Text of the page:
Al was a long way back so I resolved to remove Enuf from the water by myself and impress him greatly. I pushed the trailer down the slipway using the hook on the front of the Landy. The previous outing had proved that I couldn’t reverse a trailer successfully. I pulled Enuf over and started winching her on. Try as I would I could not get her over the centre of the trailer so I pushed the trailer further into the water. The upshot was that she rested on the one mudguard and stuck. I couldn’t move the trailer even in low ratio, four wheel drive, reverse gear, and the clutch was protesting smokily. I rushed to the marina workshops and explained my predicament to several grinning mechanics, wood workers and other artisans until one of them said, “Ah, it’s a falling tide and your trailer wheels have gone over the lip of the slip. Get the boat off the mudguard tie it to the tree, pull the trailer out with a rope and wait for the tide to come back.”

I did the deed but the trailer was still stuck so I returned to the workshop to find it locked and empty. Searching, I found an unlocked door and I stepped through calling, “Hullo” to be confronted by two semi naked. large young men. Smiling I said, “I hope I’m not interrupting an intimate moment”, well you never know these days do you, and they blanked me completely. They finished dressing and the one said, “No English. Polish,” I pointed to his friend and he said, “Little English. Polish.” By mime and pidgin I demonstrated that I needed help and, bless them, they came and manhandled the trailer onto dry ground. They were big chaps and it is probably as well that they hadn’t understood my first remark! Have I ever told you that I sometimes feel that I am living in a cartoon? I do hope that heaven is this much fun.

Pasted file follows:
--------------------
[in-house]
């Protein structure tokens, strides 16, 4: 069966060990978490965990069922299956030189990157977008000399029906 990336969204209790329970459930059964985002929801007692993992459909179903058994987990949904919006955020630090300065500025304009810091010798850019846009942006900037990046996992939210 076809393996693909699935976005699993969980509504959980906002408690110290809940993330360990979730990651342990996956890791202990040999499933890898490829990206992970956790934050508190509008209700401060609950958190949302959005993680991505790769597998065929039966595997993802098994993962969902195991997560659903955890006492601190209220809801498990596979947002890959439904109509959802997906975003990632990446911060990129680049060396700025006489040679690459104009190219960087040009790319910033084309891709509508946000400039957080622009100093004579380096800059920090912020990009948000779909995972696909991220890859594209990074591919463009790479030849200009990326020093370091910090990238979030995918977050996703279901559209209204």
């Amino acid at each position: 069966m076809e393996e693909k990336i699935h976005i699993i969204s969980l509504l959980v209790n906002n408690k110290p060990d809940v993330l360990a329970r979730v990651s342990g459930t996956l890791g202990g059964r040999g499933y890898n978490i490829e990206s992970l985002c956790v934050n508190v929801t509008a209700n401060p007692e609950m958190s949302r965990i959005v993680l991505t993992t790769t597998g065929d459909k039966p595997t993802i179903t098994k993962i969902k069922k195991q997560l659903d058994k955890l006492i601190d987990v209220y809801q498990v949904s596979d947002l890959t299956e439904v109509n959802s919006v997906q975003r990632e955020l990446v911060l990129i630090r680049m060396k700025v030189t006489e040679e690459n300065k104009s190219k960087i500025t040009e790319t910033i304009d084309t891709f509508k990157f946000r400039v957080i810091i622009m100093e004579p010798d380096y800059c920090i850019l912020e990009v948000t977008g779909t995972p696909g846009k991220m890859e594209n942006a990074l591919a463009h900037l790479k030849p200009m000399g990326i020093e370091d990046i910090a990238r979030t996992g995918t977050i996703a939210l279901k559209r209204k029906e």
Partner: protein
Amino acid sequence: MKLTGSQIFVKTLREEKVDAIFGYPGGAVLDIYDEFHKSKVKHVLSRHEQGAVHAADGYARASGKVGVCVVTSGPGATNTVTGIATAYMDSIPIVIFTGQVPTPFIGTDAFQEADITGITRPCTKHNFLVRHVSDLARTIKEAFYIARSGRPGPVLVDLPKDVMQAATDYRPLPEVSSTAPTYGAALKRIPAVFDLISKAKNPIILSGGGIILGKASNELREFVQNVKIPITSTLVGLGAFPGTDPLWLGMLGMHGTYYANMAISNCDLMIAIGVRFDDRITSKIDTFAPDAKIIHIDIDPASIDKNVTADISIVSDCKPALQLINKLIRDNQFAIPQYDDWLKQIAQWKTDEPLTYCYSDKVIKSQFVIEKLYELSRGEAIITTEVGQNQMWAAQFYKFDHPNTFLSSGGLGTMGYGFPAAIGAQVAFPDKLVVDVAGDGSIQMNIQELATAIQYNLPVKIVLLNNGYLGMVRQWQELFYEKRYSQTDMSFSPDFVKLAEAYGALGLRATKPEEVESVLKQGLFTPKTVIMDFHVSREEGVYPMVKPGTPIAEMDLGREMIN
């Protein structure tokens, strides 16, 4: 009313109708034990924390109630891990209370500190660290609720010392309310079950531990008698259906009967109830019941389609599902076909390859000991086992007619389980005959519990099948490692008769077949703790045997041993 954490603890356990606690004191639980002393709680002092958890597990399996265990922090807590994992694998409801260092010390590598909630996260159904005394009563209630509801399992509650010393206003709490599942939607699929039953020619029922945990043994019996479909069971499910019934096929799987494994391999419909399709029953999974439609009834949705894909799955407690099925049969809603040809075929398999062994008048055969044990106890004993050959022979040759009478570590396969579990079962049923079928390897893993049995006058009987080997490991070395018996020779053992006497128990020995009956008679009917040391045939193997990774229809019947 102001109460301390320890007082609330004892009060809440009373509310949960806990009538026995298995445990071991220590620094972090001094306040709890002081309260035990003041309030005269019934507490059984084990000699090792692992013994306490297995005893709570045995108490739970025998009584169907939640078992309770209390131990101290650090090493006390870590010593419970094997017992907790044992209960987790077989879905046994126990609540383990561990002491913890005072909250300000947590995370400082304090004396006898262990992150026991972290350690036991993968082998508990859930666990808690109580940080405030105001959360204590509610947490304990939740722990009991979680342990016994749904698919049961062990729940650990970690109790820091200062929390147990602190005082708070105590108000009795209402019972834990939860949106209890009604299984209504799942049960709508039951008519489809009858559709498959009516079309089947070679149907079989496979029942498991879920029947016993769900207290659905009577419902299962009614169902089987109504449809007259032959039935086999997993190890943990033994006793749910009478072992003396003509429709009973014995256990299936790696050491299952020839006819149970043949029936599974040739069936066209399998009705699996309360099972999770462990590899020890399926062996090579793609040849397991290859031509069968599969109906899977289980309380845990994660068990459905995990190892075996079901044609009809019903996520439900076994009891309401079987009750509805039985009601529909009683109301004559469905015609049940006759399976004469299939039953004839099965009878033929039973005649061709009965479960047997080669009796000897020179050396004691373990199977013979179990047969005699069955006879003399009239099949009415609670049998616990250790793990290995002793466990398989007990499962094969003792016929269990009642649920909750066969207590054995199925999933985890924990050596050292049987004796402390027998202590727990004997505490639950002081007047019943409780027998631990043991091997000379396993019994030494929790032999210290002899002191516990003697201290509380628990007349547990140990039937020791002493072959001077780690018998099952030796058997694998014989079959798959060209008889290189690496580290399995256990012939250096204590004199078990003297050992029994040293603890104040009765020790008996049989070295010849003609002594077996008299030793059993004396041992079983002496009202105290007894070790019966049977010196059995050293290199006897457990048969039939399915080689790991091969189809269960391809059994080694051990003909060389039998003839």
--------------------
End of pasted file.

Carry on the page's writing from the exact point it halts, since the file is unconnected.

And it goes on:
Al eventually chugged into view and we got both boats onto their respective trailers. I stayed at the yard until filled with sugars and carbohydrates I set off on the long journey home. I arrived, feeling very unwell, but kept going by Fanta, at 0300. I was ill for two days after.

The upshot was that I had to reconsider my position as a sailor. It was obvious that sailing was taking a lot of energy from me even though I hadn’t felt that I was doing much work. I’ve been diabetic a few years but had never hypoed at night before. Finding myself confused, anchored off shore at dead of night in a very small boat was very unsettling and left me unwell for several days.
I sold Enuf, she is off to Norway, and my wife has bought me a very tired Shetland 498 and 8hp Honda to do up over the Winter. I’ve renamed her Big Enuf and here she is:

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I guess that when all is said and done I’m a Honda man :0)